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Salute the first commander in chief during Mount Vernon's annual Independence Day event!

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Add to Calendar 07/04/2020 08:00:00 12/31/1969 17:00:00 America/Rio_Branco An American Celebration

Salute the first commander in chief during Mount Vernon's annual Independence Day event!

George Washington's Mount Vernon George Washington's Mount Vernon tickets@mountvernon.org MM/DD/YYYY 15

Capacity is limited. Advance ticket purchase is suggested.

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Cost

Included in admission

Celebrate America's independence at Mount Vernon. A schedule of events is below.

Safety Protocols

There will be additional safety measures in place when you visit to limit the spread of the coronavirus.

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Activities

Please note that the interior of the Mansion is closed during Level I of our reopening.

Schedule of Events

Saturday, July 4, 2020
Grab a bite at our food truck

Grab a bite at our food truck

Our Executive Orders food truck will be serving up a taste of Mount Vernon on the 12-acre field all day.

Takeout is also available from the Mount Vernon Inn Restaurant. Picnic tables are available on a first come, first serve basis outside of the Mount Vernon Inn Complex.

Enjoy the view from the Mansion's piazza

Enjoy the view from the Mansion's piazza

The Washingtons treated the piazza as an outdoor room, serving afternoon tea here to visitors and family members seated in simple Windsor chairs.

See the final resting place of George and Martha Washington

See the final resting place of George and Martha Washington

George Washington's will directed the building of the new tomb, which replaced the original yet deteriorating family burial vault. 

Stroll through the gardens

Stroll through the gardens

George Washington's visitors were delighted by the fresh vegetables and fruits from Mount Vernon's gardens and reveled in after-dinner walks amongst the plants. 

View the outbuildings

View the outbuildings

In 1799, more than 50 enslaved men and women made tools and textiles, cared for livestock, processed food, and constructed and repaired many of Mount Vernon’s buildings.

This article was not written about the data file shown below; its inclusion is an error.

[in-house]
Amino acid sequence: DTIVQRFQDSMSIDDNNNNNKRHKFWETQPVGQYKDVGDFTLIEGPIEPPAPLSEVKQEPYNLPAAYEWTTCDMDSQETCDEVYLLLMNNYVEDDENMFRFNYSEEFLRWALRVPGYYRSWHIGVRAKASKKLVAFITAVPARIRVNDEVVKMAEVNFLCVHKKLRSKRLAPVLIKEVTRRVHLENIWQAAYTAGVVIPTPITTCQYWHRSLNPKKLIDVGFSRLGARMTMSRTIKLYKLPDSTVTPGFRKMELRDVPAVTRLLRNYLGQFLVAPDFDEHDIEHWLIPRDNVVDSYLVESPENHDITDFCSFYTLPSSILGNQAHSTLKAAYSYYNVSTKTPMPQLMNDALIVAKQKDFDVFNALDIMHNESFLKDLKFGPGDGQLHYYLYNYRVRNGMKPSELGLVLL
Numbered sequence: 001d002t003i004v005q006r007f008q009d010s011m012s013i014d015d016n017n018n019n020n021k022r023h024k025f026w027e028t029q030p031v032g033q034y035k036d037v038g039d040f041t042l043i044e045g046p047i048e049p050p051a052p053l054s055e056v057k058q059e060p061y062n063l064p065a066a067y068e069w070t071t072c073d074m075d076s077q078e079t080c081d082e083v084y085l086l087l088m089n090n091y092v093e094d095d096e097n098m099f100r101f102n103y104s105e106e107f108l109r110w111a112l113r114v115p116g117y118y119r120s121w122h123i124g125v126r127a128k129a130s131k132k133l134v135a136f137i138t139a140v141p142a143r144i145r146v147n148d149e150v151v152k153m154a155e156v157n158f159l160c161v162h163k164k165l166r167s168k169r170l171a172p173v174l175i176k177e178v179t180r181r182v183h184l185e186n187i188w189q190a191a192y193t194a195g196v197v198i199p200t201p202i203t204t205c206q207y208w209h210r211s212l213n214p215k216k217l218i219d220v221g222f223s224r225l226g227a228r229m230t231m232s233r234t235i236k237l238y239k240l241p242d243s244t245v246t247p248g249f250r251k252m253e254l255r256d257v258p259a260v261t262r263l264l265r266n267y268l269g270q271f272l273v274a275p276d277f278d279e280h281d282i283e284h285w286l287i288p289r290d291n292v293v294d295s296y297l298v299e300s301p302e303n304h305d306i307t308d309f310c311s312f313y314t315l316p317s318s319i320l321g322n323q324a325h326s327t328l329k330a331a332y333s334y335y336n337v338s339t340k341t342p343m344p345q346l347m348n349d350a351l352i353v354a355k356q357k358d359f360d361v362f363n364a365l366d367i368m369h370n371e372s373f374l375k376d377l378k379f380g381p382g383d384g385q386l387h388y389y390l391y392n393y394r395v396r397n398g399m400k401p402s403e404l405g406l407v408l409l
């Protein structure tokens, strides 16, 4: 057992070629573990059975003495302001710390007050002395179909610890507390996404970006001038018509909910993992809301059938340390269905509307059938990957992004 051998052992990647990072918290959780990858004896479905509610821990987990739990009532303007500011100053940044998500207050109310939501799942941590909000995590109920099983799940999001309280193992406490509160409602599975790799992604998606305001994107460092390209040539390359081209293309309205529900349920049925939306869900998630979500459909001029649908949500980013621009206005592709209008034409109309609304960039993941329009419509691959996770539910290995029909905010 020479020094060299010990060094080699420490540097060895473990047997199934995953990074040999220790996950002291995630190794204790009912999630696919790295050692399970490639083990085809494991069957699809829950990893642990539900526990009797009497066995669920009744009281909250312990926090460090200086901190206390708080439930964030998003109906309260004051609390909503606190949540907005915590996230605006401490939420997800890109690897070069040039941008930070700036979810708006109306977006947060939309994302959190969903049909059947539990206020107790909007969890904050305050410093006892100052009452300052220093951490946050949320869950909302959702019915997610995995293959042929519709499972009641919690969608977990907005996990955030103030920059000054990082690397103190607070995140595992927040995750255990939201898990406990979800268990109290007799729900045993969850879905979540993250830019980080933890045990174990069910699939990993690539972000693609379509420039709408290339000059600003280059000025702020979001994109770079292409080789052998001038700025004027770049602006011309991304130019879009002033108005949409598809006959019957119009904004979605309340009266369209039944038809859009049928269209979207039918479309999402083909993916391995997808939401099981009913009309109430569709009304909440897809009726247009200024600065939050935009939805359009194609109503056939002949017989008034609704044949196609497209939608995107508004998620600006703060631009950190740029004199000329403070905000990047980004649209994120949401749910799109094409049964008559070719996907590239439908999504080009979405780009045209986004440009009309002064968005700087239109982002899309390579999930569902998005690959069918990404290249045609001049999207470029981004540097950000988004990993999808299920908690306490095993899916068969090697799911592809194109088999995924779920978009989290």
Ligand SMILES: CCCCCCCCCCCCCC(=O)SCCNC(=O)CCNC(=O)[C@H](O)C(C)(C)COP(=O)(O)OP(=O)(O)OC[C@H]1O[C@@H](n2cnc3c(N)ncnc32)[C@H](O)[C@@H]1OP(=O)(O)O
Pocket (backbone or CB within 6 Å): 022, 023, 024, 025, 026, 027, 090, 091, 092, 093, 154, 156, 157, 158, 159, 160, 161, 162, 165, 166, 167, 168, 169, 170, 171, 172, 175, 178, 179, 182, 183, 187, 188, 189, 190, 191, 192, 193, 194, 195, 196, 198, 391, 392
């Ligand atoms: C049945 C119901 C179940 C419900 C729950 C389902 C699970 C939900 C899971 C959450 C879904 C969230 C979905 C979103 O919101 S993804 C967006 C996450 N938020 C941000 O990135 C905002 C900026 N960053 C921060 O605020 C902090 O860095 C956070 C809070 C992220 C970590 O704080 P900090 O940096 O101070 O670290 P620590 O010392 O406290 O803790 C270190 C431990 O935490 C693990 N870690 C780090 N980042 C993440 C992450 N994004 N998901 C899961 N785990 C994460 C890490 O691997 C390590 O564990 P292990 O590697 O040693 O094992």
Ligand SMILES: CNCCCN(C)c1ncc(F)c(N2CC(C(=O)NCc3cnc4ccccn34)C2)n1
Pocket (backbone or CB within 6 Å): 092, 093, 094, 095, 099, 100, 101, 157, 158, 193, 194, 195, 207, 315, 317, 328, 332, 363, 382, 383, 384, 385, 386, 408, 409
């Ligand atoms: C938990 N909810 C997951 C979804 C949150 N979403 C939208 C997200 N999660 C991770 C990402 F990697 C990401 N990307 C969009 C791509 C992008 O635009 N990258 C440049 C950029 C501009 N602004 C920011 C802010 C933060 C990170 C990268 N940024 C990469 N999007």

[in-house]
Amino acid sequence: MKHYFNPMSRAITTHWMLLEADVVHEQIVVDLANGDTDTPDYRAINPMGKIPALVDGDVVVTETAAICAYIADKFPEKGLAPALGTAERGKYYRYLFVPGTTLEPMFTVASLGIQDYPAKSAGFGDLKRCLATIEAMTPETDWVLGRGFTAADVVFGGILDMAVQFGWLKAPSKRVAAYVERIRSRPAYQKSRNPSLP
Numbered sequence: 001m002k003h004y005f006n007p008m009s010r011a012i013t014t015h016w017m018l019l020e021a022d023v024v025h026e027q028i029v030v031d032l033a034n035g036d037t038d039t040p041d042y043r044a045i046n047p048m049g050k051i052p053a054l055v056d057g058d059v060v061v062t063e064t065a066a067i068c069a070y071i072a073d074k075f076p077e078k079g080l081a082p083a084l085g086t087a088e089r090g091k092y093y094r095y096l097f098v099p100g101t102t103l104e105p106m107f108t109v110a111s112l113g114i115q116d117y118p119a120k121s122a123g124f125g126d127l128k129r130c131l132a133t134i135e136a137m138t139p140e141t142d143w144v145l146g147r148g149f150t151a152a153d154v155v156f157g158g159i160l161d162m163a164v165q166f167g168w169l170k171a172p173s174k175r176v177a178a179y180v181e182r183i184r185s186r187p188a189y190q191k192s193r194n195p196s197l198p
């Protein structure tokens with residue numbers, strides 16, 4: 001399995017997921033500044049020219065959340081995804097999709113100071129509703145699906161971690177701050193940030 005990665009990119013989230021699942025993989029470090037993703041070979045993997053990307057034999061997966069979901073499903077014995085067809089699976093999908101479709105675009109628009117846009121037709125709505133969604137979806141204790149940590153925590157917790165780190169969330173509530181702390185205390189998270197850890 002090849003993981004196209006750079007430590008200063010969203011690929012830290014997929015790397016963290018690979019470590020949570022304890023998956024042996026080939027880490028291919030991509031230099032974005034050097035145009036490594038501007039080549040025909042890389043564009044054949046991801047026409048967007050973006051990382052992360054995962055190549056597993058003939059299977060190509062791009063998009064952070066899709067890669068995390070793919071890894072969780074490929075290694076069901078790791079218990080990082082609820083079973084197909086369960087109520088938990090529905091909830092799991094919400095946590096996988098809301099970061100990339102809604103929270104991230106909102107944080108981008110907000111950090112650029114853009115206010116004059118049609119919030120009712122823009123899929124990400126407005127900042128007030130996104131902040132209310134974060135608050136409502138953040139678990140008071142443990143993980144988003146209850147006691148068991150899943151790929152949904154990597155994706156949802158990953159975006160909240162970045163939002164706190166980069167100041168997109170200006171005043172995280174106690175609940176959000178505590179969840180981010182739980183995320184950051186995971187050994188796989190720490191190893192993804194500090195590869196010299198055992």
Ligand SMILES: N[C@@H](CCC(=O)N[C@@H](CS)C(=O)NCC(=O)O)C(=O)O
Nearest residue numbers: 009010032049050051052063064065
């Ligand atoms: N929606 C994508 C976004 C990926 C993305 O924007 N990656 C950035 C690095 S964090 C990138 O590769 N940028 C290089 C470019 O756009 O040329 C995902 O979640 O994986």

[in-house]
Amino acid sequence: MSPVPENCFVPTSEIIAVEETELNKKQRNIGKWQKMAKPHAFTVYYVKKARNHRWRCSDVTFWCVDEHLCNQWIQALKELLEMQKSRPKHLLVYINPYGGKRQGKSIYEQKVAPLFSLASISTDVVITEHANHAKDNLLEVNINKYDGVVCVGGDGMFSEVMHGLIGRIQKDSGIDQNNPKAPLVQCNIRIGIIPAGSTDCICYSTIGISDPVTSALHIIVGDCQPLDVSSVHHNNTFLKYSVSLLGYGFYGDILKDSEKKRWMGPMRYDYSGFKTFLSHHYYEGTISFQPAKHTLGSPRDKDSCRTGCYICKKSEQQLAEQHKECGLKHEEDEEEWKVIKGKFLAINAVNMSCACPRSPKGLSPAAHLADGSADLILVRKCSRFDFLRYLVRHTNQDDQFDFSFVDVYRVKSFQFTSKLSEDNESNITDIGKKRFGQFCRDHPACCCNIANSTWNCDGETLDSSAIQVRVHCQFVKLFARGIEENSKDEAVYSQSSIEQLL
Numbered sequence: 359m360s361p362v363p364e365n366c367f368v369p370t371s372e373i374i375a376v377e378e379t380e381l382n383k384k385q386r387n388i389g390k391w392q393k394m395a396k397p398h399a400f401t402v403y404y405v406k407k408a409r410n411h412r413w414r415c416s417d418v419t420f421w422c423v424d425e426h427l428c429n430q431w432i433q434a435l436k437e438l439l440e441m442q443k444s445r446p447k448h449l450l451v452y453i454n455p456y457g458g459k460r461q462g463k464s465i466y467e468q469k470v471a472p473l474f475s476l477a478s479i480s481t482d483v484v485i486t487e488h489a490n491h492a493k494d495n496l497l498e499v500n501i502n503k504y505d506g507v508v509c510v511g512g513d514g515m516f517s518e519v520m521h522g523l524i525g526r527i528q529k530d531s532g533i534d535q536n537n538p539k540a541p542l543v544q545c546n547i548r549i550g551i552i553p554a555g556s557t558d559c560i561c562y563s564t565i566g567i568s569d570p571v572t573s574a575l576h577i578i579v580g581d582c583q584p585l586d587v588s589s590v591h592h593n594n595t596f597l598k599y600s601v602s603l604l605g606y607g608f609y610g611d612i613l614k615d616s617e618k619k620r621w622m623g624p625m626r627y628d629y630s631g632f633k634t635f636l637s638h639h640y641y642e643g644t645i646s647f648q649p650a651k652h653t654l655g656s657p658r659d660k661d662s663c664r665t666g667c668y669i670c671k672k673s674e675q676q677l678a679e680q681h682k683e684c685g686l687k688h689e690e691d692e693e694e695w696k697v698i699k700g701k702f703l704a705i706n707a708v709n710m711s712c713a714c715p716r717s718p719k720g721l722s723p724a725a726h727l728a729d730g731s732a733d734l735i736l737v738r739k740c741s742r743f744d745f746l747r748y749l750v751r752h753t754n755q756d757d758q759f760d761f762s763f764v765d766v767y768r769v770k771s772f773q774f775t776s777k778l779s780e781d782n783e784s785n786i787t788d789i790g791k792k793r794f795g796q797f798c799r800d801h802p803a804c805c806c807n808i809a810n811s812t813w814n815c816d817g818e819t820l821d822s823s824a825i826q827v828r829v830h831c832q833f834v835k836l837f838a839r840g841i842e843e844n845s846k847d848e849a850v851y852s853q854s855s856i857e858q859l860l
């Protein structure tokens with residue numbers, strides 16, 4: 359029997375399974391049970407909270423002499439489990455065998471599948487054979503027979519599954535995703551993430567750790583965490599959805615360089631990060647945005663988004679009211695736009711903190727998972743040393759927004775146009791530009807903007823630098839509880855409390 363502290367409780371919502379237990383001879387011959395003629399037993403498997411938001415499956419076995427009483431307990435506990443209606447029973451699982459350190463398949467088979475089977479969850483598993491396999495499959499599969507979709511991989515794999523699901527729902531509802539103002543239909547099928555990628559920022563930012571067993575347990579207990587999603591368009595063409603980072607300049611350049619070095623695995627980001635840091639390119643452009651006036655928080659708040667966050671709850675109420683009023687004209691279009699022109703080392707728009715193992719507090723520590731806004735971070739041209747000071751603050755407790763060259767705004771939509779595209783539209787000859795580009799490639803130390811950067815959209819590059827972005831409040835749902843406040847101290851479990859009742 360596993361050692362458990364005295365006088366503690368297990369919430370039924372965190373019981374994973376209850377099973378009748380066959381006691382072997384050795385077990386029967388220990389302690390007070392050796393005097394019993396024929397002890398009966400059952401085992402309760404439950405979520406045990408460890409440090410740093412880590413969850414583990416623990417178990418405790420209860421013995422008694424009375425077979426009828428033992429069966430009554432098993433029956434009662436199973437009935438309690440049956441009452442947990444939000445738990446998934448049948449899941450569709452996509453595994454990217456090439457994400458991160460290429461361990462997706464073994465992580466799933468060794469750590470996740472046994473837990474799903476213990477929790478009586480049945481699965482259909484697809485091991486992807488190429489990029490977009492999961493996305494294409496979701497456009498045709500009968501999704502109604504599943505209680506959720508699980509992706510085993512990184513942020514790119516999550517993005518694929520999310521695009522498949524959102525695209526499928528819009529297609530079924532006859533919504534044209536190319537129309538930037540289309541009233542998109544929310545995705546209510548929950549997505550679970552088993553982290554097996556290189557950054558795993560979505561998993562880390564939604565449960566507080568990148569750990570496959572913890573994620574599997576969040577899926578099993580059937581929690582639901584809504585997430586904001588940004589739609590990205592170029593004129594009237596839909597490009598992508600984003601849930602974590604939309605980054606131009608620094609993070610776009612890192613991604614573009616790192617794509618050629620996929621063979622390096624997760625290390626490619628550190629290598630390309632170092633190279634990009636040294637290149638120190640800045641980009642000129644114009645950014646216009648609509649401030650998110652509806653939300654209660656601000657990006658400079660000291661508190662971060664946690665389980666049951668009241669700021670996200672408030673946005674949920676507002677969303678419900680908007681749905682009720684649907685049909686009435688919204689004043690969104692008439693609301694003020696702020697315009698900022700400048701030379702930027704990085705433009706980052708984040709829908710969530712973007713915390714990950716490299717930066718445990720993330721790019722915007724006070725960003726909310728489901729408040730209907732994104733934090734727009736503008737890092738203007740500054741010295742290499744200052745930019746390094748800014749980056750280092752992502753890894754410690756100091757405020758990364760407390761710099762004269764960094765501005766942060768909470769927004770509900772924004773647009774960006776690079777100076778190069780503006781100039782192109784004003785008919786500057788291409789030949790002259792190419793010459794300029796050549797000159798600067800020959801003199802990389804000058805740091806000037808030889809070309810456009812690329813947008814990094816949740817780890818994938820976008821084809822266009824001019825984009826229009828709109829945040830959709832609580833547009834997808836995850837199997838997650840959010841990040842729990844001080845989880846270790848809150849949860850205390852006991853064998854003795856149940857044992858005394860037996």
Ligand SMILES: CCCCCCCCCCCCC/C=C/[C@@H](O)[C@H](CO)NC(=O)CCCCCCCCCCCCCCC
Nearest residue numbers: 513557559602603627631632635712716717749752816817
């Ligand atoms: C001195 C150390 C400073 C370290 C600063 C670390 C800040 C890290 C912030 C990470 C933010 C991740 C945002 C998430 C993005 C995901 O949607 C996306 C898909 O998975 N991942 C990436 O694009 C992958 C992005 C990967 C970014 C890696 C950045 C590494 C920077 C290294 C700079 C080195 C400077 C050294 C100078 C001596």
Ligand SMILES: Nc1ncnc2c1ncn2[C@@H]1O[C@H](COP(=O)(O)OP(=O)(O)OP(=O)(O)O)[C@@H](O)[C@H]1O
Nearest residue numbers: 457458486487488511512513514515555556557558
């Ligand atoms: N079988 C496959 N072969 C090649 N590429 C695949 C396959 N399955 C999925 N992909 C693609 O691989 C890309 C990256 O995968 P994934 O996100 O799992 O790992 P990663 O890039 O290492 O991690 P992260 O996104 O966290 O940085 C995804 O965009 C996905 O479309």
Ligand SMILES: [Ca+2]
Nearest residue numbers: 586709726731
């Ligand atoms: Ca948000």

Visitors can visit the outbuildings where much of this work was done.

Pay your respects at the Slave Memorial and Cemetery

Pay your respects at the Slave Memorial and Cemetery

The Slave Memorial is located on a bluff above the Potomac River. This sacred ground was used as a cemetery for those enslaved and a few free individuals who worked at Mount Vernon in the 18th and 19th centuries.

Learn about farming at Mount Vernon

Learn about farming at Mount Vernon

The Pioneer Farm represents the more than 3,000 acres Washington cultivated during the second half of the 18th century. 

Walk through the Forest Trail

Walk through the Forest Trail

The Forest Trail meanders through one of the small woodlands left on the estate, giving you a feel for the natural setting of Mount Vernon when George Washington lived here.

Meet the animals who live on the estate

Meet the animals who live on the estate

Visit with horses, mules, oxen, sheep, and other animals.

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Video


Watch highlights from last year's celebration.

Additional Activities

Mansion Piazza

Mansion Piazza

The Washington's Tomb

The Washington's Tomb

Upper Garden

Upper Garden

Outbuildings

Outbuildings

Forest Trail

Forest Trail

Enjoy the view from the Mansion's piazza

The two-story piazza is the Mansion's most distinctive architectural feature. The Washingtons treated the piazza as an outdoor room, serving afternoon tea here to visitors and family members seated in simple Windsor chairs.

See the final resting place of George and Martha Washington

George Washington's will directed the building of the new tomb, which replaced the original yet deteriorating family burial vault. Today, the wooded enclosure that surrounds the tomb is a fitting space to pay homage to the Father of Our Country and the first First Lady.

Stroll through the gardens

George Washington's visitors were delighted by the fresh vegetables and fruits from Mount Vernon's gardens and reveled in after-dinner walks amongst the plants. 

View the outbuildings

In 1799, more than 50 enslaved men and women were trained in specific trades. They made tools and textiles, cared for livestock, processed food, and constructed and repaired many of Mount Vernon’s buildings.

Visitors can visit the outbuildings where much of this work was done.

Pay your respects at the Slave Memorial and Cemetery

The Slave Memorial is located approximately 50 yards southwest of George and Martha Washington's tomb, on a bluff above the Potomac River. This sacred ground was used as a cemetery for those enslaved and a few free blacks who worked at Mount Vernon in the 18th and 19th centuries.

Learn about farming at Mount Vernon

The Pioneer Farm represents the more than 3,000 acres Washington cultivated during the second half of the 18th century. It also offers visitors a chance to learn more about the lives of the enslaved workers who put Washington’s farming ideas into practice.

Walk through the Forest Trail

The Forest Trail meanders through one of the small woodlands left on the estate, giving visitors a feel for the natural setting of Mount Vernon when George Washington lived here.

Meet the animals who live on the estate

Visit with horses, mules, oxen, sheep, and other animals.

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9 a.m. to 5 p.m.

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